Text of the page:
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Coming into the season, expectations were very high for the Marlins, who finally seemed ready to commit to operating like an actual major-league franchise. They acquired a number of solid players in the trade market, but more importantly, made significant investments in their cornerstone players by signing Giancarlo Stanton and Christian Yelich to long-term deals. 

Through two weeks, however, things haven't quite gone to plan. Both Yelich and Stanton are off to cold starts and are playing a big part in the team's 3-10 start. Stanton, in particular, has been a bit worrisome, with his K-rate spiking and his power lagging a bit from where we expected. Is he dealing with lingering effects from last September's season-ending hit-by-pitch?

Inside Giancarlo Stanton

Coming into the season, we mostly assumed Stanton would be fine, but nobody could really be certain. We still can't say for sure, but there are both encouraging and discouraging signs right now. First, the good: Stanton has been more selective than ever this season, swinging at just 25.0 percent of pitches out of the zone. He has always had a lot of swing-and-miss in his game, so avoiding pitches he can't handle can only be a good thing for the big slugger.

Unfortunately, the number of pitches Stanton cannot handle right now appears to have increased. 46.9 percent of the pitches thrown to Stanton so far have been in the zone, up from 41.2 percent last year, and the highest mark he has faced since his rookie season. Despite this, Stanton is recording a whiff on 15.1 percent of the pitches he has faced, up from 12.9 percent last season and his highest mark since 2011.

We've already seen Stanton ditch his G-shaped faceguard against left-handed pitchers, and that seems to have helped; he has yet to strike out or even record a swinging strike against a left, on 19 pitches. The news isn't so great against right-handed pitchers, however, as Stanton has 17 strikeouts in 49 plate appearances, and has whiffed on 45 percent of his total swings against them. Last season, Stanton missed on 34 percent of his swings against right-handed pitchers.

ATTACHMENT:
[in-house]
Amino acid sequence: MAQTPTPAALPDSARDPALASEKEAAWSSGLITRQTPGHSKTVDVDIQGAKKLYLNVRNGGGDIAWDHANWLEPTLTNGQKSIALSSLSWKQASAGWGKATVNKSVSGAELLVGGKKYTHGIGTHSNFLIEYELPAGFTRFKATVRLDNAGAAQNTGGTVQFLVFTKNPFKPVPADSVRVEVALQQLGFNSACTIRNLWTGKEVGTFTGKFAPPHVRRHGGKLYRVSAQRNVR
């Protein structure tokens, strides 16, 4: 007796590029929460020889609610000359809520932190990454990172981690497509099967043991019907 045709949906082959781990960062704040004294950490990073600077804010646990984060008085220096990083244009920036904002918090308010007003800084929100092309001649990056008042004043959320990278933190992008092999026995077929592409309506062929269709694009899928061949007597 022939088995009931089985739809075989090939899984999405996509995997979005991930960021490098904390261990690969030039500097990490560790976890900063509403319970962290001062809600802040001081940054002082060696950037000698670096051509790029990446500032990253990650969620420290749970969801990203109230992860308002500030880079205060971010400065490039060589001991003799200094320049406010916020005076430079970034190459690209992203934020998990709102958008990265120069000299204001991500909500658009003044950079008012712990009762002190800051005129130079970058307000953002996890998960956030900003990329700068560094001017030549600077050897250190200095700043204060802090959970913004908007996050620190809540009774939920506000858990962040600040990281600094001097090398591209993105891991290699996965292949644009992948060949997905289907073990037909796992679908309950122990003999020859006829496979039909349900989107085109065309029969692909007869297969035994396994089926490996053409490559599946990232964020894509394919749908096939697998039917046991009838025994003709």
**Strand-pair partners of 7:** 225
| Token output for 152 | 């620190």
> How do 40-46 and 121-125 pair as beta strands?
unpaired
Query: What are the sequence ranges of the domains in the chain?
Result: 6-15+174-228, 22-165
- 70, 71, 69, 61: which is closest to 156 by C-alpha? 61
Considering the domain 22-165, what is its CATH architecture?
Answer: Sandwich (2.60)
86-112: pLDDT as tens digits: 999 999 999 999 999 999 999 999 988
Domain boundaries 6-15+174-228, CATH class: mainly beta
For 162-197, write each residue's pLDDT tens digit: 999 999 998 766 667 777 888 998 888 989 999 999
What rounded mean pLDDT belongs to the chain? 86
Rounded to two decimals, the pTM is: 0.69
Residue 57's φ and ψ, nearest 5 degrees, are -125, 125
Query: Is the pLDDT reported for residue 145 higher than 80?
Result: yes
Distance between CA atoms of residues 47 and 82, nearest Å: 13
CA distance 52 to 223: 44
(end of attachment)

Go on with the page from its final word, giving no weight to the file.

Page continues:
One big issue for Stanton seems to be the inside of the plate. In 2014, he owned the inner half of the plate, but as the image below shows, that hasn't been the case this season. Whereas he made contact on upwards of 85 percent of his swings on the inner half of the plate in 2014,  he has been below that almost across the board this season.

Given the nature of his injury last season, it might be easy to assume that Stanton's issues so far are related. However, we've also seen him go through stretches like this in the past, without assuming there was anything wrong; Stanton hit just .145/.265/.341 with 18 strikeouts in a 12-game stretch last July without anyone asking if something was wrong with him. Should he get the same benefit of the doubt now?

For the most part, yes. For all of his contact issues against RHP this season, both of his home runs came against them. Of course, both were opposite field shots that barely cleared the wall, so it isn't all good news, if you're worried about Stanton's coverage of the inner half of the plate. However, we can also see in the following image that Stanton is actually setting up a bit closer to the plate this season than last:

That is hardly what we would expect from someone who is worried about the prospect of facing pitches up and in. Stanton, like all hitters, will adjust his batting stance and placement in the batter's box throughout the season, and that's all this could be. Stanton can struggle with pitches down and away, so he might just be setting up a few inches closer to the plate to try and increase his coverage away from the center of the plate. 

At this point in his career, Stanton has more than earned the benefit of the doubt from us. Some of these trends could be construed as red flags, but they could also be the result of a few dozen bad swings against some really tough competition to open the season.

Stanton's play will be something to keep an eye on moving forward, to be certain, but I'm not panicking right now, and neither should you.